Let Every Loyal Iowan Sing

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EDITOR’S NOTE: This story first appeared in Hawk Talk Monthly, the official online e-magazine of the University of Iowa Athletics Department. To read the January issue, click HERE.

IOWA CITY, Iowa — You don’t earn loyalty in a day, but you can accumulate an ample body of work over 45 years.
All Rod Klemp wanted was to be a loyal University of Iowa football fan after he attended his first game at Iowa Stadium in 1958.
The Hawkeyes defeated No. 8 Northwestern that day, 26-20, in a game highlighted by a one-handed touchdown catch by Iowa All-American Curt Merz. A few days later, the Hawkeyes were ranked No. 1 in the nation by United Press International…and Klemp, a junior at Linn-Mar High School in Marion, Iowa, was hooked.
“After I saw that first game, I knew I had to come back to see at least one more,” Klemp said. “One more kept building and it has been a lot of games now.”

To be exact, Klemp has watched 336 games in Kinnick Stadium (the name changed from Iowa Stadium in 1972), including a streak of 289 in a row.
“Iowa fans are great. They are loyal and I wanted to be one of them,” Klemp said. “All I want to be is one of the loyal fans.
Klemp, 77, grew up on a farm north of Marion and was Valedictorian in the first Linn-Mar graduating class of 1960. After spending four years in the Air Force, he returned to Cedar Rapids, but said there was always something about Iowa City that appealed to him.
He moved to Iowa City in 1967, working for the Iowa Measurement Research Foundation, which later became Pearson Education.
“Living in Iowa City made it easy to go to all these football games,” Klemp said. “The people I admire are the ones who drive one, two, three hours to come to the game and then turn around and go home.”
From 1958-73, Klemp attended 47 Iowa football games. He was absent on Nov. 24, 1973, when the Hawkeyes lost to Michigan State, 15-6, “capping” an 0-11 season under head coach Frank Lauterbur. The following fall — on Sept. 21, 1974 — Klemp was in the stands as Iowa defeated UCLA, 21-10, in the home-opener for head coach Bob Commings.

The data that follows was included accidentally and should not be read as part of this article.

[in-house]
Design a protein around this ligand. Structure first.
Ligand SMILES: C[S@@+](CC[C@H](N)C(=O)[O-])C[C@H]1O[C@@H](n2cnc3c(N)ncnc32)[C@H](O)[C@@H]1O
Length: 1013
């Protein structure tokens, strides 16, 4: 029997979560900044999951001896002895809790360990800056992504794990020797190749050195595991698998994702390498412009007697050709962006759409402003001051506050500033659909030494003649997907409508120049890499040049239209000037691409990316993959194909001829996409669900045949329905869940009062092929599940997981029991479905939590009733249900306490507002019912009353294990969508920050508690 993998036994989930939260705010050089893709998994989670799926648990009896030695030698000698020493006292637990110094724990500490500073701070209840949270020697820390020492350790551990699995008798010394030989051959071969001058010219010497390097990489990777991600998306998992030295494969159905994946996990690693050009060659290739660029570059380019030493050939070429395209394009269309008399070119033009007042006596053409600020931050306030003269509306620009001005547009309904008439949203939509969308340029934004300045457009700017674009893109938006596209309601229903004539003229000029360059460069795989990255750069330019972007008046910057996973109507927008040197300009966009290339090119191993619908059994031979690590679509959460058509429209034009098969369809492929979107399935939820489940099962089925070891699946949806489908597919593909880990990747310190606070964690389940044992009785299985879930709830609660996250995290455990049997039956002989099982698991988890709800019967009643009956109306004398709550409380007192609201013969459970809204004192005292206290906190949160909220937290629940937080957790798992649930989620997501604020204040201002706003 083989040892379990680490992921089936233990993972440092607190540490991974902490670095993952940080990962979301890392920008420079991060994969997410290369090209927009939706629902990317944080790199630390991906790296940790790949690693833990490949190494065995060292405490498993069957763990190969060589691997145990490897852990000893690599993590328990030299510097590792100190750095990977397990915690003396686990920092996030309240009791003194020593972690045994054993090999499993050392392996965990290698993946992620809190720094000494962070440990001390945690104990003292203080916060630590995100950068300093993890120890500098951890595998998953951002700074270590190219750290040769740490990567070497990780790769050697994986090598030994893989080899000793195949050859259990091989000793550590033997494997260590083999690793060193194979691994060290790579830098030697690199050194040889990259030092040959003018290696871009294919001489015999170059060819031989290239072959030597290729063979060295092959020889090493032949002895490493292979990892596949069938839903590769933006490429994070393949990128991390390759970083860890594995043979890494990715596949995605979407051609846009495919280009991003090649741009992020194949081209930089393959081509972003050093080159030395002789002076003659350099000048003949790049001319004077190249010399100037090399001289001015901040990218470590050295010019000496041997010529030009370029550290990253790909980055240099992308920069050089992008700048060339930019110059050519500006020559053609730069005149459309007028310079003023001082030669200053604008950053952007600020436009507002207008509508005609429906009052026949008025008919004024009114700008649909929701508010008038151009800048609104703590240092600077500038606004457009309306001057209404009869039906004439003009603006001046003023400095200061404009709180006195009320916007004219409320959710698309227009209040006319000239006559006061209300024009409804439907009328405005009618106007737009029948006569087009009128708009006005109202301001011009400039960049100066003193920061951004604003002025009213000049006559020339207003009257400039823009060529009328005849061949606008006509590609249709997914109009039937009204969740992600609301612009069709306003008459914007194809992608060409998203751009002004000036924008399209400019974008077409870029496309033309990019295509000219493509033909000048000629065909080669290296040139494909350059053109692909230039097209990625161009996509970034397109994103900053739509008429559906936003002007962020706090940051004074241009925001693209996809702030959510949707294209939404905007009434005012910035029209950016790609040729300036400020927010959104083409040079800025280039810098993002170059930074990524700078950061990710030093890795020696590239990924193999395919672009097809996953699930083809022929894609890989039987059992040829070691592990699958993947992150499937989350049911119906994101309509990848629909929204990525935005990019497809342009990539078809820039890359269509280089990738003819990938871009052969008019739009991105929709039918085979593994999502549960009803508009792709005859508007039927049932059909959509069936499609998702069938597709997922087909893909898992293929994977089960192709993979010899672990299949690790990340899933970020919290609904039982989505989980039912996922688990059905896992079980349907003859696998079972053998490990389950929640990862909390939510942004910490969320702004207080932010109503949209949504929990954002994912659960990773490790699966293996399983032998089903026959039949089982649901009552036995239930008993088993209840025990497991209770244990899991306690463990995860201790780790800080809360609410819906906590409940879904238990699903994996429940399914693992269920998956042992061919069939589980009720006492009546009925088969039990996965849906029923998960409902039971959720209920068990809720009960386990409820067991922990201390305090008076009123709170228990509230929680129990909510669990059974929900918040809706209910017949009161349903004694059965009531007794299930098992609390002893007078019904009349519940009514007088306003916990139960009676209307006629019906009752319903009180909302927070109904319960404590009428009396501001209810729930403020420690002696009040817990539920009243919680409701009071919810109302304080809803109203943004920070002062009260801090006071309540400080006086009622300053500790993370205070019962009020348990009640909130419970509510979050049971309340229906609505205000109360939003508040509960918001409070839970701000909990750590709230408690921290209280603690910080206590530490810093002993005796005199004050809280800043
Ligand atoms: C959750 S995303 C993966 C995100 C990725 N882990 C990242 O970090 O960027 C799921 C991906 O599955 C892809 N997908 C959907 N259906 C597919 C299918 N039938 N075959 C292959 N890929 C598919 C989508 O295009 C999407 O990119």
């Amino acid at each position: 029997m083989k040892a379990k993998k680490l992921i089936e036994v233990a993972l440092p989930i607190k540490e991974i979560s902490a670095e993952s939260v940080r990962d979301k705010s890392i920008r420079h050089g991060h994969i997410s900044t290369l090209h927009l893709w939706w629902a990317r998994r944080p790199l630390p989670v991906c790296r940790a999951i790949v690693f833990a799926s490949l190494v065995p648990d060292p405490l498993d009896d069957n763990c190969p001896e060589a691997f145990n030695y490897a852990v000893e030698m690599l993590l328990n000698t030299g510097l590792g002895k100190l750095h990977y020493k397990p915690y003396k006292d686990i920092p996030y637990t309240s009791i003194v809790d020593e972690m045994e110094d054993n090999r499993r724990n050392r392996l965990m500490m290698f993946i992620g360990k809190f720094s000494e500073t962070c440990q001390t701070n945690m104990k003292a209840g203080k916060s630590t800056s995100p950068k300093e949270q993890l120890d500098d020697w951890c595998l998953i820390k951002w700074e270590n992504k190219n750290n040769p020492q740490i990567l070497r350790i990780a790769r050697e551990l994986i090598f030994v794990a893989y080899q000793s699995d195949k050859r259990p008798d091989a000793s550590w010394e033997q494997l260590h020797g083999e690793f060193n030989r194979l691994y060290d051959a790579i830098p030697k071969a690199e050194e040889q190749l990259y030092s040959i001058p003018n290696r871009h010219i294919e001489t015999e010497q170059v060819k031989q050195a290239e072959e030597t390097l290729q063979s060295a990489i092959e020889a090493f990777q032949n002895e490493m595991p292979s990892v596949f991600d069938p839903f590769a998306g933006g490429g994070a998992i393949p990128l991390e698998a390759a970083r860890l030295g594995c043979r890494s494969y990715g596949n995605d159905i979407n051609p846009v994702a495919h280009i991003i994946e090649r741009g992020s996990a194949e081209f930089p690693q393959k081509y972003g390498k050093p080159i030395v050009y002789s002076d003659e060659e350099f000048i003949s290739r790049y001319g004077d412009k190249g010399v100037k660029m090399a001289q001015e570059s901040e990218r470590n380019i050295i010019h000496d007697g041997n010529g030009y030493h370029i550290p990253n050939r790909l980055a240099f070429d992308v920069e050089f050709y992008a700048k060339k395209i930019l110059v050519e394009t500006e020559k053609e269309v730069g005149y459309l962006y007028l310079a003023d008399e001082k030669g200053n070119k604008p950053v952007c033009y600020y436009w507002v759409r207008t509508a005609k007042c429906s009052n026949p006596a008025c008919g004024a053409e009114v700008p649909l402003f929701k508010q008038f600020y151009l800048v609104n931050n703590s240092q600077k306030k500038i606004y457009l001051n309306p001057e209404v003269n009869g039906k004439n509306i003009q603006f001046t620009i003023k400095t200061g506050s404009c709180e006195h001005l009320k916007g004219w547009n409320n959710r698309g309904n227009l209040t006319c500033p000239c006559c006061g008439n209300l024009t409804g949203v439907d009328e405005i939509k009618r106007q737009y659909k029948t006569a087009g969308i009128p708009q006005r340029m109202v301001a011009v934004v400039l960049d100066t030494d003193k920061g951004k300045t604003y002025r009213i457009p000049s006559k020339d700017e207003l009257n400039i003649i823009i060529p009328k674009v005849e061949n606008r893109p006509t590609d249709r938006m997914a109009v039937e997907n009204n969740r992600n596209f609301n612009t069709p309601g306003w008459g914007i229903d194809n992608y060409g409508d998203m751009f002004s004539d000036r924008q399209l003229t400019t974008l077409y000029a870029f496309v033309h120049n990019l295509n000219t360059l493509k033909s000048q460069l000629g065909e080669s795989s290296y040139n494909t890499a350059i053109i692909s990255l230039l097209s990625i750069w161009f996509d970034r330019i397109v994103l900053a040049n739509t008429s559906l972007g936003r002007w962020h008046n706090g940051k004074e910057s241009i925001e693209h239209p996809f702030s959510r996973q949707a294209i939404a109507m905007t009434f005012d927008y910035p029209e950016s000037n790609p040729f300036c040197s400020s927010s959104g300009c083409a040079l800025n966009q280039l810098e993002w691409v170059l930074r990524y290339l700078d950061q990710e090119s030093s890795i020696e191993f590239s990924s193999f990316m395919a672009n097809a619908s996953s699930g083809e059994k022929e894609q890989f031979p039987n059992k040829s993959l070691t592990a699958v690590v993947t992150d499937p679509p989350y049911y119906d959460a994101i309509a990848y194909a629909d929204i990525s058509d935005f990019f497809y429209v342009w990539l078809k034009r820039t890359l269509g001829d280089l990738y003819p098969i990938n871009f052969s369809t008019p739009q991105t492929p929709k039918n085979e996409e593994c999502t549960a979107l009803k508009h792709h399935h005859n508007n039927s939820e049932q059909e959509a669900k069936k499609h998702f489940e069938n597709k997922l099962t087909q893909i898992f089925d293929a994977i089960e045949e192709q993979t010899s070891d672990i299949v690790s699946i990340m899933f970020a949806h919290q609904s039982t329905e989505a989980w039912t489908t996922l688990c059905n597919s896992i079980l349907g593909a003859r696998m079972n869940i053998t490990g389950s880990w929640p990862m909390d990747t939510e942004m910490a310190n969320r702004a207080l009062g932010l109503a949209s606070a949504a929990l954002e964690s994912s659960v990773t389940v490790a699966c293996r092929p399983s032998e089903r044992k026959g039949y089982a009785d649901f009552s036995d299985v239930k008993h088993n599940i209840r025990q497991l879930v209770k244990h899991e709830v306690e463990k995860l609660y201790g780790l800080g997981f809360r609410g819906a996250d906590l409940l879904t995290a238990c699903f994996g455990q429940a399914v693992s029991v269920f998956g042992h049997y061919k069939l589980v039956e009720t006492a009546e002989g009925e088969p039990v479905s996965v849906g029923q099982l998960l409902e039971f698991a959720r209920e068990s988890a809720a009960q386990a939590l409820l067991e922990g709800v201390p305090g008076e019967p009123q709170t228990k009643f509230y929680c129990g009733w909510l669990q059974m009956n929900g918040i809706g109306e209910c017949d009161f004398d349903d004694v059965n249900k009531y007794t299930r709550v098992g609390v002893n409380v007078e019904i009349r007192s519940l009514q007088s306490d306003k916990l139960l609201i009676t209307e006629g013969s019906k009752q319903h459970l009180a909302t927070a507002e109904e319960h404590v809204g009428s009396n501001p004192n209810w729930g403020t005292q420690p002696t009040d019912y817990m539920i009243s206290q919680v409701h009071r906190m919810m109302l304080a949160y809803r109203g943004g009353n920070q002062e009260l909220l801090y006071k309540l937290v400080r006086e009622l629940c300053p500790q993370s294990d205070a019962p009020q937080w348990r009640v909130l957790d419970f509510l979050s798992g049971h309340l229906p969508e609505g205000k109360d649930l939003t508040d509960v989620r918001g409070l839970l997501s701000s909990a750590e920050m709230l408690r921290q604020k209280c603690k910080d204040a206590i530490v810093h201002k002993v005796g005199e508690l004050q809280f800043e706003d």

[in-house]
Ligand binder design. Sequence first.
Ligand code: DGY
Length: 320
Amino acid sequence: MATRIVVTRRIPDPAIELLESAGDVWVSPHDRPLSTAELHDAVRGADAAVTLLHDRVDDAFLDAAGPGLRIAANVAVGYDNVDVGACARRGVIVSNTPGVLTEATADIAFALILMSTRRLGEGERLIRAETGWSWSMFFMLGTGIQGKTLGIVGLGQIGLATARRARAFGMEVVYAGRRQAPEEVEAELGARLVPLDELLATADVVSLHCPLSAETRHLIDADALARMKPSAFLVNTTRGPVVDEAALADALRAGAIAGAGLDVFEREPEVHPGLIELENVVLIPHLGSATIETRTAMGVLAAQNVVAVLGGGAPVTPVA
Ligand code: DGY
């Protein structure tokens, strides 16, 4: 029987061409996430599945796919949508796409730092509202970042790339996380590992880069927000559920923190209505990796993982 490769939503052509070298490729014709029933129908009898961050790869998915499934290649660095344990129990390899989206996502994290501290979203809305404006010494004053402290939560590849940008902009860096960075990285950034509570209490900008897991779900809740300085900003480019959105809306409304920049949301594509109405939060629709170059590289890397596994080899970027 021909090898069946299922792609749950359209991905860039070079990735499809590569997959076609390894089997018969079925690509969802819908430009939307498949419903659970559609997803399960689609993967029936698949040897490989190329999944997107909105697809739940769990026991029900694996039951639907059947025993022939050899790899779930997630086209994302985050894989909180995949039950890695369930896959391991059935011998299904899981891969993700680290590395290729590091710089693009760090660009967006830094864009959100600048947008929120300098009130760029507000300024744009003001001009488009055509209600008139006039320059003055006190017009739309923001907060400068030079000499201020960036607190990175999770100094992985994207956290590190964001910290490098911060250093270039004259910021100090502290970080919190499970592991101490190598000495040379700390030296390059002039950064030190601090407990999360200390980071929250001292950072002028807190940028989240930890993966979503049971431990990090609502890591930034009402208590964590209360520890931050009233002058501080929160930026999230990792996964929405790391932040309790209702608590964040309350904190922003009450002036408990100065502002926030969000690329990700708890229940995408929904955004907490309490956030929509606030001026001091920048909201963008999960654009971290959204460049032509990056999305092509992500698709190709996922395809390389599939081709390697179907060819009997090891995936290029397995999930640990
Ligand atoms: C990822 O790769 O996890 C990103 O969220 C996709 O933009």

Klemp hasn’t missed a home game since, poo-pooing the myth that it is just as enjoyable to watch games on television at home.
“There is nothing like actually being in the stadium, you can’t replace that,” Klemp said. “The feel of the whole thing, the Iowa crowd and the atmosphere. Not every game is at that high level, but when it gets going, it’s a lot of fun.”
Another thing you won’t see on television that Klemp and his wife, Sandy, enjoy are performances by the Hawkeye Marching Band.
“That’s a big part of what makes college football what it is, so if you just watch on TV, you’re never going to see any of that,” Klemp said.
Klemp’s Cal Ripken-like consecutive Kinnick Stadium streak will begin season No. 46 when Iowa hosts Northern Iowa on Sept. 5, 2020. As proof of his streak, he has a spreadsheet that includes date of the game, opponent, and score. He also has a binder full of ticket stubs.
After watching Iowa games for six decades, a few stick out for Klemp. Of course, the first game in 1958 is significant, Iowa’s six-point win that featured head coaches Forest Evashevski (Iowa) and Ara Parseghian (Northwestern).
“I was there when Eddie Podolak had a rather good day (Nov. 9, 1968),” Klemp said. “He ran for 286 yards and we beat Northwestern by a fairly hefty score (68-34). That is a game where one individual had a tremendous day.
“(Head coach) Bo Schembechler and his Michigan team came in (Oct. 19, 1985) and we beat them, 12-10. I remember Bo muttering something like, ‘They didn’t even score a touchdown and they still beat us.'”
More recently, Klemp thoroughly enjoyed what he calls “the Woodshed game” — Iowa’s 55-24 win over No. 3 Ohio State on Nov. 4, 2017, and the Hawkeyes’ 23-19 win over No. 8 Minnesota on Nov. 16, 2019.
“Minnesota came in 9-0 and that was a good Big Ten football game,” Klemp said.
Regardless of the significance of Iowa’s victory, Klemp remains in his seat in Section 212 of the south end zone. There is no storming the field for this guy.
“I don’t have enough energy to do that,” he said with a laugh. “But I hang around and watch it all.”
If Klemp’s proximity to Kinnick Stadium aids in his attendance streak, so does wife Sandy, who is equally passionate about football. A native of Detroit, Sandy attended the University of Michigan, where she was a baton-twirler. She spent four years working for the Detroit Lions, and even played a few heated card games against Hawkeye/Lion great Alex Karras.
“He cheated at euchre,” Sandy said.
On game days, Klemp arrives at his seat to watch the pregame activity. Before that, he walks outside the stadium to observe tailgating while fraternizing with other Hawkeye fans.
“Everybody seems to be in a friendly mood,” he said.
Klemp enjoys the atmosphere surrounding Kinnick, even though he has spent a few Saturdays tolerating rain, snow, and cold.
The Klemps didn’t make the trip to San Diego for the Holiday Bowl, but they watched from home as Iowa won its 10th game of the season. For Klemp, the matchup had added significance. When he was in Air Force basic training, he became friends with Steve, a Southern California Trojan fan from Pasadena, California. When the bowl pairings were announced Dec. 8, Klemp and Steve made a wager.
After Iowa’s 49-24 victory, Klemp became the winner of a $5 gift certificate to McDonald’s.